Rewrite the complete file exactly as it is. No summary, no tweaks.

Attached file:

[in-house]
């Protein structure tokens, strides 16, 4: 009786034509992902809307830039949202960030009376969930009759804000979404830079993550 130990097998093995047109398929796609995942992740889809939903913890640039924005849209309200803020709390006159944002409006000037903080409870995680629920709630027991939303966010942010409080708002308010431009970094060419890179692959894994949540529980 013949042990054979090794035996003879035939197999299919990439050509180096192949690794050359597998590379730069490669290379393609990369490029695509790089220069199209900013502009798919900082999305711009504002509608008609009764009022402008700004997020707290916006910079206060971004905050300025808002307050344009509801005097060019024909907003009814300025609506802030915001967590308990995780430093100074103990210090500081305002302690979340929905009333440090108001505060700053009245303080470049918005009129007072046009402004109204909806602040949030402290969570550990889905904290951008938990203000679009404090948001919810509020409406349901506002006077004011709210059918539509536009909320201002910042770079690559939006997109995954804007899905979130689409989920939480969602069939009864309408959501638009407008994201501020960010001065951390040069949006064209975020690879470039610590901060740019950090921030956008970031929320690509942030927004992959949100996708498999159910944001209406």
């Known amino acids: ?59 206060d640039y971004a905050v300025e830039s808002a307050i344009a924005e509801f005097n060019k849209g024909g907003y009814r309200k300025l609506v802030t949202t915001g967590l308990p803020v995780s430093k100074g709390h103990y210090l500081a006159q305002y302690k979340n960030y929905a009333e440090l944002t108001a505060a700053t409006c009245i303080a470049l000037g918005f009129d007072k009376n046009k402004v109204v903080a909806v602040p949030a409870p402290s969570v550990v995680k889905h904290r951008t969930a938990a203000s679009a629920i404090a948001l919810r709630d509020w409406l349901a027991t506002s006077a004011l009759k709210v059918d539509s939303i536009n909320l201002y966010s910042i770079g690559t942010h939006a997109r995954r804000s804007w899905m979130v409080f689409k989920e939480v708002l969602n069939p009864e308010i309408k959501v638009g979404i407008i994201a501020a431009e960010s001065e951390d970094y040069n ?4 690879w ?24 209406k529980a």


[in-house]
């Protein structure tokens, strides 16, 4: 009786034509992902809307830039949202960030009376969930009759804000979404830079993550 130990097998093995047109398929796609995942992740889809939903913890640039924005849209309200803020709390006159944002409006000037903080409870995680629920709630027991939303966010942010409080708002308010431009970094060419890179692959894994949540529980 013949042990054979090794035996003879035939197999299919990439050509180096192949690794050359597998590379730069490669290379393609990369490029695509790089220069199209900013502009798919900082999305711009504002509608008609009764009022402008700004997020707290916006910079206060971004905050300025808002307050344009509801005097060019024909907003009814300025609506802030915001967590308990995780430093100074103990210090500081305002302690979340929905009333440090108001505060700053009245303080470049918005009129007072046009402004109204909806602040949030402290969570550990889905904290951008938990203000679009404090948001919810509020409406349901506002006077004011709210059918539509536009909320201002910042770079690559939006997109995954804007899905979130689409989920939480969602069939009864309408959501638009407008994201501020960010001065951390040069949006064209975020690879470039610590901060740019950090921030956008970031929320690509942030927004992959949100996708498999159910944001209406």
């Known amino acids: ?59 206060d640039y971004a905050v300025e830039s808002a307050i344009a924005e509801f005097n060019k849209g024909g907003y009814r309200k300025l609506v802030t949202t915001g967590l308990p803020v995780s430093k100074g709390h103990y210090l500081a006159q305002y302690k979340n960030y929905a009333e440090l944002t108001a505060a700053t409006c009245i303080a470049l000037g918005f009129d007072k009376n046009k402004v109204v903080a909806v602040p949030a409870p402290s969570v550990v995680k889905h904290r951008t969930a938990a203000s679009a629920i404090a948001l919810r709630d509020w409406l349901a027991t506002s006077a004011l009759k709210v059918d539509s939303i536009n909320l201002y966010s910042i770079g690559t942010h939006a997109r995954r804000s804007w899905m979130v409080f689409k989920e939480v708002l969602n069939p009864e308010i309408k959501v638009g979404i407008i994201a501020a431009e960010s001065e951390d970094y040069n ?4 690879w ?24 209406k529980a």